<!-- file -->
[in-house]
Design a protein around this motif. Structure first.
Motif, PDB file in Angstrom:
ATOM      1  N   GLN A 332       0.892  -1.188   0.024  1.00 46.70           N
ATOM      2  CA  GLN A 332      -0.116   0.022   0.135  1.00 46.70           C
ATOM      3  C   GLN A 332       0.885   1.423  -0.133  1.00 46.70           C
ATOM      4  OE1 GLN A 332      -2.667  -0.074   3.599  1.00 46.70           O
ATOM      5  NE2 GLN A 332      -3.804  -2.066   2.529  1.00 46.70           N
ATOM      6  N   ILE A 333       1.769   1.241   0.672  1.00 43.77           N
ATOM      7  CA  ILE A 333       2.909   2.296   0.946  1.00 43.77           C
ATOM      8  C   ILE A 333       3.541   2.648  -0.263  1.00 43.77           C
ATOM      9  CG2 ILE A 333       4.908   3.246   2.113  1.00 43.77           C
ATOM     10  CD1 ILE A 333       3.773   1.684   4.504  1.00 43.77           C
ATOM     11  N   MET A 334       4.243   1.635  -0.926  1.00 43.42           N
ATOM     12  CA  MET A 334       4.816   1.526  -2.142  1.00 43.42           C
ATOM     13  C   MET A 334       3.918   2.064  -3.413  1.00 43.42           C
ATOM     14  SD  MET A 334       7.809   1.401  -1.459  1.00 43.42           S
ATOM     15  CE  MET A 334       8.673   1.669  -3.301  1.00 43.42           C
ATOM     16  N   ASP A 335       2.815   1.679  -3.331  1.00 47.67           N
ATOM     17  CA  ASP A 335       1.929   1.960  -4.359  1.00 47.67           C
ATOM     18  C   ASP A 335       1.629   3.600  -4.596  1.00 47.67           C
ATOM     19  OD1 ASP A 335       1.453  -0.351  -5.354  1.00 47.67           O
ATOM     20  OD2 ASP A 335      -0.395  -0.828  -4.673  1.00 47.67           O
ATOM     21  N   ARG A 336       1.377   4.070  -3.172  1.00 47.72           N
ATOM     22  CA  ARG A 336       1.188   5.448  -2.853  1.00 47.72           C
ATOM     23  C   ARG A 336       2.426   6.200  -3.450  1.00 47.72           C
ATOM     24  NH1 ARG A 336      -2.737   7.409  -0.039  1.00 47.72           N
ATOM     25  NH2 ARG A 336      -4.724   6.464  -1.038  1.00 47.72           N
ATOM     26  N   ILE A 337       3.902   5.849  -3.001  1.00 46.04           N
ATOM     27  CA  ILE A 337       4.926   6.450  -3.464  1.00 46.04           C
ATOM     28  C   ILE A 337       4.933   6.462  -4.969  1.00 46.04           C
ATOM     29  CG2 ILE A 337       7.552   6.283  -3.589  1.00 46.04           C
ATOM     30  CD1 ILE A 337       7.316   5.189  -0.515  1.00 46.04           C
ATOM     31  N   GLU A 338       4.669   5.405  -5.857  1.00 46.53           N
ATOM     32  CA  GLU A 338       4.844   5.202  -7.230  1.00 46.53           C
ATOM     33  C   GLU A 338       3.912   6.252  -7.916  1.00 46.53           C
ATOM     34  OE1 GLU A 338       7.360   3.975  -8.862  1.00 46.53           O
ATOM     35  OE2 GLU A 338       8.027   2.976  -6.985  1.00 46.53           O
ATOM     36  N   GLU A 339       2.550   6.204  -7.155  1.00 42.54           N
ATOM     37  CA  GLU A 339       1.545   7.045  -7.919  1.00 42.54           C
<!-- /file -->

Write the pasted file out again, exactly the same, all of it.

[in-house]
Design a protein around this motif. Structure first.
Motif, PDB file in Angstrom:
ATOM      1  N   GLN A 332       0.892  -1.188   0.024  1.00 46.70           N
ATOM      2  CA  GLN A 332      -0.116   0.022   0.135  1.00 46.70           C
ATOM      3  C   GLN A 332       0.885   1.423  -0.133  1.00 46.70           C
ATOM      4  OE1 GLN A 332      -2.667  -0.074   3.599  1.00 46.70           O
ATOM      5  NE2 GLN A 332      -3.804  -2.066   2.529  1.00 46.70           N
ATOM      6  N   ILE A 333       1.769   1.241   0.672  1.00 43.77           N
ATOM      7  CA  ILE A 333       2.909   2.296   0.946  1.00 43.77           C
ATOM      8  C   ILE A 333       3.541   2.648  -0.263  1.00 43.77           C
ATOM      9  CG2 ILE A 333       4.908   3.246   2.113  1.00 43.77           C
ATOM     10  CD1 ILE A 333       3.773   1.684   4.504  1.00 43.77           C
ATOM     11  N   MET A 334       4.243   1.635  -0.926  1.00 43.42           N
ATOM     12  CA  MET A 334       4.816   1.526  -2.142  1.00 43.42           C
ATOM     13  C   MET A 334       3.918   2.064  -3.413  1.00 43.42           C
ATOM     14  SD  MET A 334       7.809   1.401  -1.459  1.00 43.42           S
ATOM     15  CE  MET A 334       8.673   1.669  -3.301  1.00 43.42           C
ATOM     16  N   ASP A 335       2.815   1.679  -3.331  1.00 47.67           N
ATOM     17  CA  ASP A 335       1.929   1.960  -4.359  1.00 47.67           C
ATOM     18  C   ASP A 335       1.629   3.600  -4.596  1.00 47.67           C
ATOM     19  OD1 ASP A 335       1.453  -0.351  -5.354  1.00 47.67           O
ATOM     20  OD2 ASP A 335      -0.395  -0.828  -4.673  1.00 47.67           O
ATOM     21  N   ARG A 336       1.377   4.070  -3.172  1.00 47.72           N
ATOM     22  CA  ARG A 336       1.188   5.448  -2.853  1.00 47.72           C
ATOM     23  C   ARG A 336       2.426   6.200  -3.450  1.00 47.72           C
ATOM     24  NH1 ARG A 336      -2.737   7.409  -0.039  1.00 47.72           N
ATOM     25  NH2 ARG A 336      -4.724   6.464  -1.038  1.00 47.72           N
ATOM     26  N   ILE A 337       3.902   5.849  -3.001  1.00 46.04           N
ATOM     27  CA  ILE A 337       4.926   6.450  -3.464  1.00 46.04           C
ATOM     28  C   ILE A 337       4.933   6.462  -4.969  1.00 46.04           C
ATOM     29  CG2 ILE A 337       7.552   6.283  -3.589  1.00 46.04           C
ATOM     30  CD1 ILE A 337       7.316   5.189  -0.515  1.00 46.04           C
ATOM     31  N   GLU A 338       4.669   5.405  -5.857  1.00 46.53           N
ATOM     32  CA  GLU A 338       4.844   5.202  -7.230  1.00 46.53           C
ATOM     33  C   GLU A 338       3.912   6.252  -7.916  1.00 46.53           C
ATOM     34  OE1 GLU A 338       7.360   3.975  -8.862  1.00 46.53           O
ATOM     35  OE2 GLU A 338       8.027   2.976  -6.985  1.00 46.53           O
ATOM     36  N   GLU A 339       2.550   6.204  -7.155  1.00 42.54           N
ATOM     37  CA  GLU A 339       1.545   7.045  -7.919  1.00 42.54           C